The reason this would be helpful is that it would effectively separate the two hypotheses. Because when you cut calories (on any normal diet), you lower carbs/improve carbs and thereby secrete less insulin (among other things). Even Haub's Twinkie Diet could be seen as a poor man's version of a lower/better carb/insulin diet, as Tom Naughton pointed out on his blog about that n=1.

                The Mountain Dew Diet, on the other hand, (what I'm proposing) would absolutely lead to increased insulin secretion but decreased calorie consumption. It would be much more orthogonal. You'd have to track cals carefully, of course!

                So that's my challenge. "Do the Dew" for 3 months -- 70-80% of calories from liquid sugar and keep calories LOW -- and see whether you gain or lose fat.

                I'd bet you'd gain serious fat, even if you forced yourself to go to the gym AND starved yourself, because cals would be shunted into the fat tissue no matter what. So your BMR would plunge (you'd have no energy) and you'd start to catabolize muscle and organ tissue to meet the energy deficit instead of fat. but that's just my guess.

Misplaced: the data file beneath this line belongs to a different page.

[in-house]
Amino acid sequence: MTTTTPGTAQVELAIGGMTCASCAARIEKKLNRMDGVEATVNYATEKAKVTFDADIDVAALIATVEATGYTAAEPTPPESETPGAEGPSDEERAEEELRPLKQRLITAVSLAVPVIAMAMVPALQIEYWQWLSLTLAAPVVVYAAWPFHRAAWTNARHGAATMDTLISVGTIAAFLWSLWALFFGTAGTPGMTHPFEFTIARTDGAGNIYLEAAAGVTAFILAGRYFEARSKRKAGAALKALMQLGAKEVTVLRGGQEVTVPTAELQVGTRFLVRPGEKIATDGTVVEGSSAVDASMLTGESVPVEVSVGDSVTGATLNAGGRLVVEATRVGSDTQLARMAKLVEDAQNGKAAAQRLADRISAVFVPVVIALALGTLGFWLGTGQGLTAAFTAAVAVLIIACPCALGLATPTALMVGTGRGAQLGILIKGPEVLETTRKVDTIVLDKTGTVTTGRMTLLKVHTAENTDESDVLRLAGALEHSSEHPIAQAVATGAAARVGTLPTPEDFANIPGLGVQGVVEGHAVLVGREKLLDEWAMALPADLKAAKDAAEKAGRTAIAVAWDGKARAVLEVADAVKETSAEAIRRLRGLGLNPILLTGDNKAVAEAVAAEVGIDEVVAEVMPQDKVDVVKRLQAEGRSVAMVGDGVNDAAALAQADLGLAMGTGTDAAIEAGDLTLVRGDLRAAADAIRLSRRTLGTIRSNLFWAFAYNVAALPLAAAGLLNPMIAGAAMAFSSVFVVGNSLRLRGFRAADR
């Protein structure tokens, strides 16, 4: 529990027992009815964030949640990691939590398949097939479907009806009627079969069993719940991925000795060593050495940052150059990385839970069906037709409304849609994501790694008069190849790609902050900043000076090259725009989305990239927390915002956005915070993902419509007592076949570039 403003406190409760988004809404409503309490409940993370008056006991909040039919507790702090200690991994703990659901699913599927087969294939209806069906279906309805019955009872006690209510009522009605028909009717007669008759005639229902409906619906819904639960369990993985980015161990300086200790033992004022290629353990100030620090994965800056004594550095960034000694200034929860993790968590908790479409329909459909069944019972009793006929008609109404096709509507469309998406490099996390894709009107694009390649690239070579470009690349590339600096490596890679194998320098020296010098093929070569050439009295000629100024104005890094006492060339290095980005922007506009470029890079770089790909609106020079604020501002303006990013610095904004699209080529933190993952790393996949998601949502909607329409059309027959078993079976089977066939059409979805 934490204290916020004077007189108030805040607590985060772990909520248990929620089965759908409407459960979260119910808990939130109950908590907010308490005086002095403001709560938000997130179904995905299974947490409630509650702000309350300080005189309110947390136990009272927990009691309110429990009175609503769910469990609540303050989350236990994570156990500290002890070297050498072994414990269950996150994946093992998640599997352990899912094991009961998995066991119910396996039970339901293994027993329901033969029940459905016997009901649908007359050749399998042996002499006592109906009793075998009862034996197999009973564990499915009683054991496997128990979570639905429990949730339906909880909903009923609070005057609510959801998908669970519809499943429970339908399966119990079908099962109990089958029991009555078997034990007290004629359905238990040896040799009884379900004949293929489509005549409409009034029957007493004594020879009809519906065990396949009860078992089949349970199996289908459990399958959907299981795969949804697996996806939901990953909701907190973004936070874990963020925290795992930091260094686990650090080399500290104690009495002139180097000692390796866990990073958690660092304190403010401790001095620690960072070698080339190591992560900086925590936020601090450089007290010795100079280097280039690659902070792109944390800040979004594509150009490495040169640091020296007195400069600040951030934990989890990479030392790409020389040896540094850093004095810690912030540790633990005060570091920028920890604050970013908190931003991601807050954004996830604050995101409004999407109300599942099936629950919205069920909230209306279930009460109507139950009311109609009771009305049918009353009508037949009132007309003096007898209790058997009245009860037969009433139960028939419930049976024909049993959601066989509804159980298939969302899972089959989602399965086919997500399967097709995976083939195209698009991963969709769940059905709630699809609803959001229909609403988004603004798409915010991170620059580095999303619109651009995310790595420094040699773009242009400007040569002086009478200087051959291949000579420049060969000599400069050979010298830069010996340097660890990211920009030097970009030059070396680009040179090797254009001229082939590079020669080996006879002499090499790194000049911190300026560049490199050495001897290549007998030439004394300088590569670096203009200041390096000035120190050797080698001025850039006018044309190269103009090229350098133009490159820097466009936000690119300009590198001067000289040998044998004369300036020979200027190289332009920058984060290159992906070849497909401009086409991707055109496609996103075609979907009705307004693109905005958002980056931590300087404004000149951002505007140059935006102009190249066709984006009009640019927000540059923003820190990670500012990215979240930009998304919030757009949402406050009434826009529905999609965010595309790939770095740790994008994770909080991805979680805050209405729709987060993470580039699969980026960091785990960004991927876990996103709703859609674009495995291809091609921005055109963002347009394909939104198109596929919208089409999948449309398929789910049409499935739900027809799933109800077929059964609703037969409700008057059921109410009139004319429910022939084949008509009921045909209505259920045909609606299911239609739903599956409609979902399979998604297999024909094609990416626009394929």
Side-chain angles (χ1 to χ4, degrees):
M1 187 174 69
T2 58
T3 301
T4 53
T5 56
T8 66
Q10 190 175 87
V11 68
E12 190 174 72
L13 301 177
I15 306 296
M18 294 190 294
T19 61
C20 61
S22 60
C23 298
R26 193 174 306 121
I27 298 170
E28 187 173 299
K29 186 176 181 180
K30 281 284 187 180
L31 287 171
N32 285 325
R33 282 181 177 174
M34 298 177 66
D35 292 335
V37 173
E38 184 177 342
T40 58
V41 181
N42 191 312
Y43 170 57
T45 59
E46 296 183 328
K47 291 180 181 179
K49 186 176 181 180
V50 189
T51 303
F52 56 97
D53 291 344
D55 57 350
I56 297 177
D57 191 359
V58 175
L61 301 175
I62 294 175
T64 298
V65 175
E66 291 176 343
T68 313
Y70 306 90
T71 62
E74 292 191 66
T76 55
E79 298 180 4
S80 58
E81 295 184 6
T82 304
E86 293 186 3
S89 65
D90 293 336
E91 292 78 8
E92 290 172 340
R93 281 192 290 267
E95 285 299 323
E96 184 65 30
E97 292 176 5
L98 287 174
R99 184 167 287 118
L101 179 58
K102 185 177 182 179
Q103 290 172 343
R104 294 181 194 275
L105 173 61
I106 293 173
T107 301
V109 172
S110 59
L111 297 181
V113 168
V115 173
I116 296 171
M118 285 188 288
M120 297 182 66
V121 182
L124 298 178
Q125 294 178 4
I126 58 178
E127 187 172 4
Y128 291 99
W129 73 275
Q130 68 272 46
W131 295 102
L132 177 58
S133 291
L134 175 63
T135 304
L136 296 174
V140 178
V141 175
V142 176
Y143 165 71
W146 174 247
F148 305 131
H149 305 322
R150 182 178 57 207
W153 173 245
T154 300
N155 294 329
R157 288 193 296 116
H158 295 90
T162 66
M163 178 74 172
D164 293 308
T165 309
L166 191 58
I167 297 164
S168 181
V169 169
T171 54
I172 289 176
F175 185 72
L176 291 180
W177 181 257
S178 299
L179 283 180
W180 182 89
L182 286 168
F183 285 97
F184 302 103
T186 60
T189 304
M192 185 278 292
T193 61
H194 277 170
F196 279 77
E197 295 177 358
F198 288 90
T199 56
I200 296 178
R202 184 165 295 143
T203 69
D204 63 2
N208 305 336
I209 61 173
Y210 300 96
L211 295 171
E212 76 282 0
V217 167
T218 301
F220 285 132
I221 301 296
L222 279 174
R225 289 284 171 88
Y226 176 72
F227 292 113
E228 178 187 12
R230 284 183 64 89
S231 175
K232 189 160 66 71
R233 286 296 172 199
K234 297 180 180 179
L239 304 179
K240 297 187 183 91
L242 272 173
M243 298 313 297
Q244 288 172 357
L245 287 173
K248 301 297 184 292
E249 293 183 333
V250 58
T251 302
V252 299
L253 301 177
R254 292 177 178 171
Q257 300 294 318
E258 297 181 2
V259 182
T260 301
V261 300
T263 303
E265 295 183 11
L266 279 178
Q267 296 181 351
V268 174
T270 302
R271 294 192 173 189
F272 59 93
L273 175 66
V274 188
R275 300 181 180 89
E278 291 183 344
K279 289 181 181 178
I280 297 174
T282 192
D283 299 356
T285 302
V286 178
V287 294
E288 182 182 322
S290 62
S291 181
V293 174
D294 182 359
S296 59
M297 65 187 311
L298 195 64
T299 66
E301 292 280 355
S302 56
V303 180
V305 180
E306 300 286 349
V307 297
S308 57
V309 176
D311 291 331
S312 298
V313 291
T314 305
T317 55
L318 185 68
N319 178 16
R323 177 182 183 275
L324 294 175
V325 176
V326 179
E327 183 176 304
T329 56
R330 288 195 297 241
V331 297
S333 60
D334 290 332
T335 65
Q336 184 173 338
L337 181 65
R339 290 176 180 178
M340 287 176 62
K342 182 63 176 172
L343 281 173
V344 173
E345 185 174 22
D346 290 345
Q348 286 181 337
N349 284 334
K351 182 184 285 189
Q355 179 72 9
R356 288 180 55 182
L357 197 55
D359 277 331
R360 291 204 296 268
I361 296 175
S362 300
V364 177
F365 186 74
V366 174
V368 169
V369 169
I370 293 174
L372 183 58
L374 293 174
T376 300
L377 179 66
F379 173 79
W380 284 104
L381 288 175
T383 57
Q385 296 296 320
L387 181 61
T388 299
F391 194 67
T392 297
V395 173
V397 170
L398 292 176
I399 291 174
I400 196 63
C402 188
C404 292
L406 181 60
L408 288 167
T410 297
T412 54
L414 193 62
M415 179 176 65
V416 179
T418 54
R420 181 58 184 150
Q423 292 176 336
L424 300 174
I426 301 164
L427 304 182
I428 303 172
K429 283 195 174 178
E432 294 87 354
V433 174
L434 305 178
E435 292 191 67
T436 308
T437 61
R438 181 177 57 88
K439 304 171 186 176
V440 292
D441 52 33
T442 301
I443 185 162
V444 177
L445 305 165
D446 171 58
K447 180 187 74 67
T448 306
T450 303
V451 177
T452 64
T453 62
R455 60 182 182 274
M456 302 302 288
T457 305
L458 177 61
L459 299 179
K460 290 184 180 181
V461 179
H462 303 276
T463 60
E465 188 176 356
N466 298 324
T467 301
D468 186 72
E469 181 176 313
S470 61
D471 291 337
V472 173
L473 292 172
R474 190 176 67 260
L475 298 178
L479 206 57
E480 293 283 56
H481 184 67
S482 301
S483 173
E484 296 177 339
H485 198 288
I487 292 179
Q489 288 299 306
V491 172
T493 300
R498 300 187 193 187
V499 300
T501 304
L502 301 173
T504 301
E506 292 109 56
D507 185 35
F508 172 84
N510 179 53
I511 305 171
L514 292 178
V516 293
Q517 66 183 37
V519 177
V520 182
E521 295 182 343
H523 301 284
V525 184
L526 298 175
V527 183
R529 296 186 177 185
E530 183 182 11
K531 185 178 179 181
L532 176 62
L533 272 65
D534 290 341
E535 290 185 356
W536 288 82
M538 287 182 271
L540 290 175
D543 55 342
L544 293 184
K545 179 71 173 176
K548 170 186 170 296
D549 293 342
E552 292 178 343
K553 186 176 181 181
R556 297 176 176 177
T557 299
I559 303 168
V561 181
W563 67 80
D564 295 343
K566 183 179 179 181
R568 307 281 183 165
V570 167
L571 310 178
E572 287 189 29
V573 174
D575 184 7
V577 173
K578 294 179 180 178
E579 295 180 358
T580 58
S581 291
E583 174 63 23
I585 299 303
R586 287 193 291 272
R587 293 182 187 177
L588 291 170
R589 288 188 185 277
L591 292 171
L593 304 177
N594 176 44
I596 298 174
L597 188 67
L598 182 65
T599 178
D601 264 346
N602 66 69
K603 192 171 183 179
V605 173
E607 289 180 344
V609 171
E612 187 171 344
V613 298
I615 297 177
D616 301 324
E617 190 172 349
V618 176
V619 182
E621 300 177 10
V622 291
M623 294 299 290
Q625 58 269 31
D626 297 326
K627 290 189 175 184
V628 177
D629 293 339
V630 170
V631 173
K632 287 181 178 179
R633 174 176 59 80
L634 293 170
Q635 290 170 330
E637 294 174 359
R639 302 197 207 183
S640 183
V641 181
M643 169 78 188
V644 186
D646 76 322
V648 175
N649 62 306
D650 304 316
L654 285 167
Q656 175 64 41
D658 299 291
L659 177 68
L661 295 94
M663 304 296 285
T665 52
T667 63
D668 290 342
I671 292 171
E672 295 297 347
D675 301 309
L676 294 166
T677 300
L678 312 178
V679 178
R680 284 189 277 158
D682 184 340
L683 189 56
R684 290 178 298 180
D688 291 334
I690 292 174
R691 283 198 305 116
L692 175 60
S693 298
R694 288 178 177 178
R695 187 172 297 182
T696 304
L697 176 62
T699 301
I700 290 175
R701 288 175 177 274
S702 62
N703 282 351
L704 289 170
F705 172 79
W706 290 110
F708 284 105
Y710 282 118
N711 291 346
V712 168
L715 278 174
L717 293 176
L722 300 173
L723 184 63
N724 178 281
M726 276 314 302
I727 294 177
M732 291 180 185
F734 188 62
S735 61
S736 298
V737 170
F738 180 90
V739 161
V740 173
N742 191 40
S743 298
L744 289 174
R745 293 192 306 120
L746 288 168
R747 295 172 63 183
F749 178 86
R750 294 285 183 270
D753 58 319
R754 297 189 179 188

Okay, I can't promise to respond more today b/c I gots shizzle to do, but I do enjoy seeing people engage with these ideas. And I have faith that everyone here just wants to see positive change in the world and that we WILL (collectively, somehow) eventually reach a detente.

                Meow,

                Adam
                Adam, you are arguing against what has been tested and proven over and over again the last hundred years, on both animals and humans! Your N=1 experiment is beyond retarded; but of course it could be done if the testing subjects have enough body fat to spare for a period of 90 days. Take five obese persons that volunteers and put them in an obesity asy...., ahem… controlled environment and give each of those two liter(68 oz) of Coca-Cola or similar soft drink per day, and guess what - they will all lose huge amounts of weight, and fat also!

                Make it a wager if you want, like a million dollars to the winner side, with a part to the five obese volunteers, that if they lose weight on the Coca-Cola diet, then the CICO team wins and becomes a million dollars richer, and vice versa if no weight loss then they pay the million to the anti-CICO team!
                "All truth passes through three stages. First, it is ridiculed. Second, it is violently opposed. Third, it is accepted as being self-evident."

                - Schopenhauer